College Football Week 6 Guide: Auburn-Florida Kicks Off A Challenging October For Both SEC Contenders

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No. 7 Auburn has to be accustomed to pressure by now.

The Tigers (5-0, 2-0 SEC) are preparing to play their third top-20 opponent in six weeks, and the fun is just getting started. Gus Malzahn’s team will play its entire October schedule – at No. 10 Florida this Saturday (3:30 p.m. ET, CBS), followed by dates at Arkansas and LSU – away from the friendly environs of Jordan-Hare Stadium.

Not that the lack of a home-field advantage has bothered the Tigers thus far. They have built the nation’s strongest resume thus far, already having won at Texas A&M and in a neutral-site opener against Oregon. Next, they travel to face a Florida team (5-0, 2-0) with College Football Playoff aspirations that hinge on the outcome of the next several games. After hosting Auburn, the Gators must travel to LSU and South Carolina before facing hated rival Georgia on Nov. 2 in Jacksonville.

But first they will resume a rivalry that has been dormant for eight years. When these teams met annually in the 1980s and ’90s, it was not uncommon for both to be ranked in the top 10, just as they are this week. If the Gators and Tigers manage to produce the kind of wild finish that marked so many games from that era, their fans will be in for a stressful Saturday evening.

Here is more on that game and the other notable contests on tap for Week 6 of college football season:


No. 7 Auburn at No. 10 Florida (Auburn -3): Two of the SEC’s best defenses will be on display Saturday in the Swamp, when Florida will celebrate homecoming by wearing a snappy throwback uniform. The Gators had better hope they can throw forward on Saturday, though, because moving the ball on the ground might be a challenge.

Led by Derrick Brown, Auburn boasts possibly the nation’s top defensive line, while Florida’s offensive line continues to struggle. If the Gators fail to open holes for Lamical Perine and Dameon Pierce on Saturday, that will ratchet up the pressure on new starting quarterback Kyle Trask. The junior has been up to the challenge so far – he actually broke a school record with his 18th consecutive completion in Saturday’s 38-0 win over FCS opponent Towson – but Trask has not faced anything close to the test that Brown & Co. will represent this weekend.

The Gators’ turnover-crazy defense could get a couple of weapons back before facing a surging Auburn offense that just generated 578 yards and 56 points in a rout of Mississippi State. Gators cornerback CJ Henderson and defensive end Jabari Zuniga both missed recent games with ankle injuries, but are expected back versus Auburn. Adding them to the mix alongside edge rushers Jonathan Greenard (6.5 tackles for loss, four sacks, one interception, one forced fumble) and Jeremiah Moon (5.5 TFLs, two sacks) could make Florida’s defense even more of a challenge for Auburn’s freshman quarterback, Bo Nix. The Gators rank fifth in the FBS in scoring defense (8.8 points per game), having held three of their last four opponents without a touchdown.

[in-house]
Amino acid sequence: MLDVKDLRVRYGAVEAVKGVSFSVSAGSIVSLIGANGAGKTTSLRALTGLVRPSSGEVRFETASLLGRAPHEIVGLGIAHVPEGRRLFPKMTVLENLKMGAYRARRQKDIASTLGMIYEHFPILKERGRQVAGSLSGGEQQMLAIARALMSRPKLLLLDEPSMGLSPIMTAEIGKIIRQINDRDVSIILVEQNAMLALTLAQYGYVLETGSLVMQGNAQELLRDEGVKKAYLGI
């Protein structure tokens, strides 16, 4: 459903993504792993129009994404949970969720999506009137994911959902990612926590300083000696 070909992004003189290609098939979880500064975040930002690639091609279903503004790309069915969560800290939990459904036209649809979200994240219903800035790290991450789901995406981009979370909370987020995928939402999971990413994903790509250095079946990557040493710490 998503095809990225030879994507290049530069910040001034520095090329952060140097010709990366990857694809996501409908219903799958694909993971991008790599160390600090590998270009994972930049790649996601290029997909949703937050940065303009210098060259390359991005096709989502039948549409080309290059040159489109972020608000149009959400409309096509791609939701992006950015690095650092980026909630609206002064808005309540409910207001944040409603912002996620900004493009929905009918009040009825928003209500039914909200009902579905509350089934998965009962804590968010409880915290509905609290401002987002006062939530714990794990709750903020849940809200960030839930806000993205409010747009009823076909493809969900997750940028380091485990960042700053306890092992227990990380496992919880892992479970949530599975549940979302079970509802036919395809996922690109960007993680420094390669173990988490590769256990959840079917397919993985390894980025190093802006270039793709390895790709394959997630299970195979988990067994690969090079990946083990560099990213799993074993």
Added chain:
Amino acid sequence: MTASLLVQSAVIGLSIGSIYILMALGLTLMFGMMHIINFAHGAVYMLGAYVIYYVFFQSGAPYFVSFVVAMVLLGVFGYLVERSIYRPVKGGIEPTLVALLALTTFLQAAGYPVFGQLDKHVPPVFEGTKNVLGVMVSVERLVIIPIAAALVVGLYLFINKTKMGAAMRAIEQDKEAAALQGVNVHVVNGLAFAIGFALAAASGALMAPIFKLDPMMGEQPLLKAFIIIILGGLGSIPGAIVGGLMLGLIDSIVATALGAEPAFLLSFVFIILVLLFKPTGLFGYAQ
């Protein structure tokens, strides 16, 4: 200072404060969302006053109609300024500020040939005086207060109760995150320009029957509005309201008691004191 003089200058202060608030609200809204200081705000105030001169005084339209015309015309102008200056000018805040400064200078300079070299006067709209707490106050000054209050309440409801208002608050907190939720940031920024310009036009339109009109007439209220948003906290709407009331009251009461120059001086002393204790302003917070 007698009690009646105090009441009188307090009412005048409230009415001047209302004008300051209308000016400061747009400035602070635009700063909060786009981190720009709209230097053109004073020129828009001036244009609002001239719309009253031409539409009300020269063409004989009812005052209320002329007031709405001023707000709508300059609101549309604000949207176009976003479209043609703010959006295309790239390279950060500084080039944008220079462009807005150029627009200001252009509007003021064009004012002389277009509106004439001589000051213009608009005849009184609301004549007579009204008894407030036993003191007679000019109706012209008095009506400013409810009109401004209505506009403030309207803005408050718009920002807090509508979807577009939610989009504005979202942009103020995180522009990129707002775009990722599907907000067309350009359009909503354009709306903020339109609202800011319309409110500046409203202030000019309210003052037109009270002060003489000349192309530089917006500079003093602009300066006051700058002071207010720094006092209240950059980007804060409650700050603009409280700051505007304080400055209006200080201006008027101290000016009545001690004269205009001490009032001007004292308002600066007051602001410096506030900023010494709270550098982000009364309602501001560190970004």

Auburn has won four of the last five meetings in this series dating back to 2001. Included in that stretch were Tommy Tuberville-led upset wins over Florida teams ranked No. 1, No. 2 and No. 4. These two programs have not met since 2011 in a series that was once an annual SEC rivalry game, so both fan bases seem extra excited about this one. It would not be a surprise to see it become yet another instant classic in a historic rivalry packed with thrilling games.


Big Ten’s big week: Among the three ranked-versus-ranked games this Saturday are a pair of games from the Big Ten: No. 14 Iowa at No. 19 Michigan (Noon ET, FOX) and No. 25 Michigan State at No. 4 Ohio State (7:30 p.m., ABC). By the end of the weekend, we could know more about the conference pecking order, especially in a Big Ten West race that seems wide-open at the moment.

Iowa, Minnesota and Wisconsin are all 4-0 entering Week 6. The Hawkeyes and Gophers could join Wisconsin at 2-0 in conference play by winning on Saturday, but Iowa faces a significantly tougher challenge to get there. Minnesota, which has won by seven points or less in all four games to date, will host 2-2 Illinois (3:30 p.m., Big Ten Network). Meanwhile, Iowa must travel to Ann Arbor to face Michigan (3-1, 1-1).

While the Hawkeyes have beaten Michigan in five of the last six meetings dating back to 2009, games at the Big House are typically a daunting challenge for visitors. The good news for Iowa is that its offense is coming off a 644-yard performance against Middle Tennessee, a record for a Kirk Ferentz-coached Iowa team.